Several explanations have been proposed for the origin of this crustal dichotomy, involving external processes, such as a large impact (Marinova et al., 2008), or internal ones, such as a degree-one mantle convection (Yoshida and Kageyama, 2006). Here we show that a positive feedback mechanism between crustal growth and partial melting in the mantle could have created this dichotomy. Indeed, because the crust is enriched in heat-producing elements (HPE), the lithosphere of a one-plate planet is thinner where the crust is thicker, inducing a lower pressure at the base of the lithosphere. Because of the pressure-dependence of the mantle solidus, partial melting is more important below a thinner lithosphere, causing a larger rate of melt extraction and crustal growth where the crust is thicker. Larger wavelength perturbations in crustal thickness and extraction, and thus hemispherical perturbations, grow faster because thermal diffusion dampens smaller wavelengths faster.

To model this effect, we use a parametric bi-hemispherical thermal evolution model where a well-mixed convective mantle is topped by two types of lithospheres (North and South) characterized by two potentially different thermal structures (Thiriet et al. 2018). The enrichment in HPE of the crust evolves during crust extraction as the enrichment of the newly formed crustal material depends on mantle melt fraction below the lithosphere, mantle enrichment and partition coefficient. In order to study the growth of a hemispherical perturbation, we impose a small initial difference in lithosphere or crust thickness in between the North and South. We then follow the thermal evolution, mantle melting, crustal growth and crustal enrichment in HPE in both hemispheres over 4.5 Gyr (Fig.1). Our model mainly depends on the mantle reference viscosity, that controls the cooling rate of the convective mantle, on and mantle permeability, that controls crustal extraction from the mantle.

Our results show that this positive feedback mechanism can indeed create a significant crustal dichotomy. The range of North-South crustal thickness differences that we obtain by varying the different model parameters largely encompasses that predicted by inversion of topography and gravity data, assuming different crustal densities. In particular, two types of thermal history allow to reproduce the crustal thickness difference predicted by InSight. The first one is obtained for a rather low viscosity and high mantle permeability; it shows a rapid and early extraction of the crust (Fig1. Solid line) and results in a cold potential temperature at the present-day. The second one is for a higher viscosity and lower mantle permeability; it leads to a late and prolonged extraction of the crust (Fig1. dashed line) and results in a warmer mantle potential temperature and a thicker lid at the present-day. In both cases, the crust is extracted during the first Gyr. The enrichment in HPE of the crust predicted by our model is in agreement with GRS data.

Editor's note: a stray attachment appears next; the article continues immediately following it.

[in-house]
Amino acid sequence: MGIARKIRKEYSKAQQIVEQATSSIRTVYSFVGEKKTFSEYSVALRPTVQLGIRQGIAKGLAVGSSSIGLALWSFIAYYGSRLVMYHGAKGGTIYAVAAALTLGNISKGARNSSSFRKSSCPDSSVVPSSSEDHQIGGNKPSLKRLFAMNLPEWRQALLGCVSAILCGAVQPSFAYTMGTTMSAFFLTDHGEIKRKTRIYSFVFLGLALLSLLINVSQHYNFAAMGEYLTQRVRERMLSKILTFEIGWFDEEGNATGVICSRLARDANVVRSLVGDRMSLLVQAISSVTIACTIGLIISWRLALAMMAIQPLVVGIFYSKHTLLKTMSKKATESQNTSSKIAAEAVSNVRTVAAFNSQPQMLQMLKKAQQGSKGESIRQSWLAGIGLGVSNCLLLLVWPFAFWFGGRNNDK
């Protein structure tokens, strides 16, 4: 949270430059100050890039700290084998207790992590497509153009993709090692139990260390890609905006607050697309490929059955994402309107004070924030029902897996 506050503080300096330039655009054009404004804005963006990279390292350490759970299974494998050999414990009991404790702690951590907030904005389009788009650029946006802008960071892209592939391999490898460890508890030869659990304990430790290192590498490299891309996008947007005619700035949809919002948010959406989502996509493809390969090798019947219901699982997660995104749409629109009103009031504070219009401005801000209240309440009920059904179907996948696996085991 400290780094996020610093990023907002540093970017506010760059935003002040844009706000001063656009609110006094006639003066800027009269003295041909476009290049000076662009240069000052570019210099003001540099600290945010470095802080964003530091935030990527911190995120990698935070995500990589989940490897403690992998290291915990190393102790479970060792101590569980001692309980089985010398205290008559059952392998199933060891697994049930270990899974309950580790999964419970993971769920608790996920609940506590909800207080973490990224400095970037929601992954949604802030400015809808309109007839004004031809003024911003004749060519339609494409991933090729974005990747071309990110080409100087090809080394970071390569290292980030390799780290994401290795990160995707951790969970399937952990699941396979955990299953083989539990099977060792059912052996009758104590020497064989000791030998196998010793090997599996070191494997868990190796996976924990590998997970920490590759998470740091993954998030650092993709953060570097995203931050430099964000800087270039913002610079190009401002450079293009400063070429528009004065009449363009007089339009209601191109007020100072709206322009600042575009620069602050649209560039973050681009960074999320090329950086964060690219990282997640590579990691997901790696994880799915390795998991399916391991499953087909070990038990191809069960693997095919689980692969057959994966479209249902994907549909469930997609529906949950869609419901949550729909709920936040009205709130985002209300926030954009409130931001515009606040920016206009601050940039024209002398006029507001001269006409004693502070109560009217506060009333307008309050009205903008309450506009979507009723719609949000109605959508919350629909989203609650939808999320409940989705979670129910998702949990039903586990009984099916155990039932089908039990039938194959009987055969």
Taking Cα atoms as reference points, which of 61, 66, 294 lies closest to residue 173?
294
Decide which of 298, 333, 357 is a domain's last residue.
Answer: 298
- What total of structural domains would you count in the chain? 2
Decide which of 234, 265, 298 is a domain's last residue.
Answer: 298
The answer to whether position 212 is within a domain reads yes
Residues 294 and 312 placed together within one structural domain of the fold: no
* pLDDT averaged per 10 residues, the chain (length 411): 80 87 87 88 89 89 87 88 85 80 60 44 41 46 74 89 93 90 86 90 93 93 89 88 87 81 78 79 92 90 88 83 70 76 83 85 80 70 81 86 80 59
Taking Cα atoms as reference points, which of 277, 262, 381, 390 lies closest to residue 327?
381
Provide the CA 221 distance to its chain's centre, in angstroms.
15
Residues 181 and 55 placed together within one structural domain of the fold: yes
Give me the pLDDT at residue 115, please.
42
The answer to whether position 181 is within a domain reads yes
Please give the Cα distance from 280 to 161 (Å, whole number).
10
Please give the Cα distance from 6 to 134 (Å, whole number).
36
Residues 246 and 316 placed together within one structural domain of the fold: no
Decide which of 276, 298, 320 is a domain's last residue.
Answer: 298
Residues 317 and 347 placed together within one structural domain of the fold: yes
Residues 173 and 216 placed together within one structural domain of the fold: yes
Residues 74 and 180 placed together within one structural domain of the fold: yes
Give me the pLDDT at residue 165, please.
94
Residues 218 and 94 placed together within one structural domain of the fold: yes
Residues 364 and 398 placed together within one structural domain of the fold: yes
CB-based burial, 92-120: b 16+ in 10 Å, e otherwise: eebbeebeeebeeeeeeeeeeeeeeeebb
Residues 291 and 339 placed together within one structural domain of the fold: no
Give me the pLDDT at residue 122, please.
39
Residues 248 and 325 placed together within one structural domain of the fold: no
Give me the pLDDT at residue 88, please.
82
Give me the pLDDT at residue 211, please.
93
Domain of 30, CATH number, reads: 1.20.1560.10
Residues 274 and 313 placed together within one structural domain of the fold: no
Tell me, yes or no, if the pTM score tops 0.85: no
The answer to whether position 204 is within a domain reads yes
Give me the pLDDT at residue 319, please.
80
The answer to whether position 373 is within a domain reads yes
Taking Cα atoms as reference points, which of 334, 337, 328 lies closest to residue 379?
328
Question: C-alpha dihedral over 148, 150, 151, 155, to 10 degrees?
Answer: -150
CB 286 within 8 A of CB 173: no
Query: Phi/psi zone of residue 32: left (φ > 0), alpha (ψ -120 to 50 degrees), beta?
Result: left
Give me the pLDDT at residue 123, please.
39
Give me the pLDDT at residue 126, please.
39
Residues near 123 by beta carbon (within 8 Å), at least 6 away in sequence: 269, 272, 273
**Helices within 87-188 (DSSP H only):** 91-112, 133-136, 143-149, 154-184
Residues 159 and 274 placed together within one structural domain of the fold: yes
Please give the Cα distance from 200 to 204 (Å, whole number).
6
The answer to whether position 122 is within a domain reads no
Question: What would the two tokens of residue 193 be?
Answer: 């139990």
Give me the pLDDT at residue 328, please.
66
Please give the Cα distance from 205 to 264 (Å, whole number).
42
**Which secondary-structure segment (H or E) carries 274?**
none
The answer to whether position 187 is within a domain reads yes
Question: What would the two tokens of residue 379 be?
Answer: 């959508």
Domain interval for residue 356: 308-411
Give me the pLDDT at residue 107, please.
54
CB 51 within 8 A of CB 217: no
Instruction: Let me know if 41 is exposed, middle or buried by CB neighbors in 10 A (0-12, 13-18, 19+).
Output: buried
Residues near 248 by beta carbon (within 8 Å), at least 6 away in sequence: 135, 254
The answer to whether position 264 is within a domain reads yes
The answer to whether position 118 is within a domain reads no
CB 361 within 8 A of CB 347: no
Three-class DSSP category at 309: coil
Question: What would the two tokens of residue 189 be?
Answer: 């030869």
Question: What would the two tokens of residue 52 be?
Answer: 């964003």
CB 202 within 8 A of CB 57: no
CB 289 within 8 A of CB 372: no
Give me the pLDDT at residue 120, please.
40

Figure 1 : Evolution of the (a) lid thickness (b) Crust thickness, (c) average melt fraction in the partially melted zone below the lid. (d) Crustal HPE enrichment relatively to the Bulk Silicate Mars as a function of time for the Northern (blue lines) and Southern (orange lines) hemispheres for 2 different simulations that allow to reproduce the difference in crustal thickness deduced from the InSight mission. One evolution (shown in dashed lines) is for a rather high permeability k0 = 9.1.10−10 m2 and low reference viscosity η0 = 4.5x1020 Pa.s, while the second evolution (shown in solid lines) has a lower permeability k0 = 3.72.10−11 m2 and a higher viscosity η0 = 2.02x1021 Pa.s.

Acknowledgment :

This project has received funding from the European Research Council (ERC) under the European Union’s Horizon 2020 research and innovation programme (grant agreement No 101001689) and from the ANR (grant MAGIS, ANR-19-CE31-0008-08).

Bibliography :

Knapmeyer-Endrun, B., Panning, M. P., Bissig, F., Joshi, R., Khan, A., Kim, D., Leki ́c, V.,
Tauzin, B., Tharimena, S., Plasman, M., et al. (2021). Thickness and structure of the martian crust
from insight seismic data. Science, 373(6553):438–443.

Wieczorek, M. A., Broquet, A., McLennan, S. M., Rivoldini, A., Golombek, M.,
Antonangeli, D., Beghein, C., Giardini, D., Gudkova, T., Gyalay, S., et al. Insight constraints
on the global character of the martian crust. Journal of Geophysical Research: Planets, page

Marinova, M. M., Aharonson, O., and Asphaug, E. (2008). Mega-impact formation of the mars
hemispheric dichotomy. Nature, 453(7199):1216–1219.

Yoshida, M. and Kageyama, A. (2006). Low-degree mantle convection with strongly temperature-
and depth-dependent viscosity in a three-dimensional spherical shell. Journal of Geophysical Re-
search: Solid Earth, 111(B3).

Thiriet, M., Michaut, C., Breuer, D., and Plesa, A.-C. (2018). Hemispheric dichotomy in litho-
sphere thickness on mars caused by differences in crustal structure and composition. Journal of
Geophysical Research: Planets, 123(4):823–848.

How to cite: Bonnet Gibet, V., Michaut, C., and Wieczorek, M.: A new mechanism for the formation of the Martian dichotomy, Europlanet Science Congress 2022, Granada, Spain, 18–23 Sep 2022, EPSC2022-255,, 2022.

Simon C. Stähler, Anna Mittelholz, Clément Perrin, Taichi Kawamura, Doyeon Kim, Martin Knapmeyer, Géraldine Zenhäusern, John Clinton, Domenico Giardini, Philippe Logonné, and W. Bruce Banerdt

Seismic measurements of the InSight lander confirm tectonic activity in an extraterrestrial geological system for the first time: the large graben system Cerberus Fossae (Giardini et al., 2020). In-depth analysis of available marsquakes thus allows unprecedented geophysical characterization of an active extensional structure on Mars, using the epicenter locations, depths, magnitudes, focal mechanisms and spectral character from marsquake data. In summary, InSight seismic data show: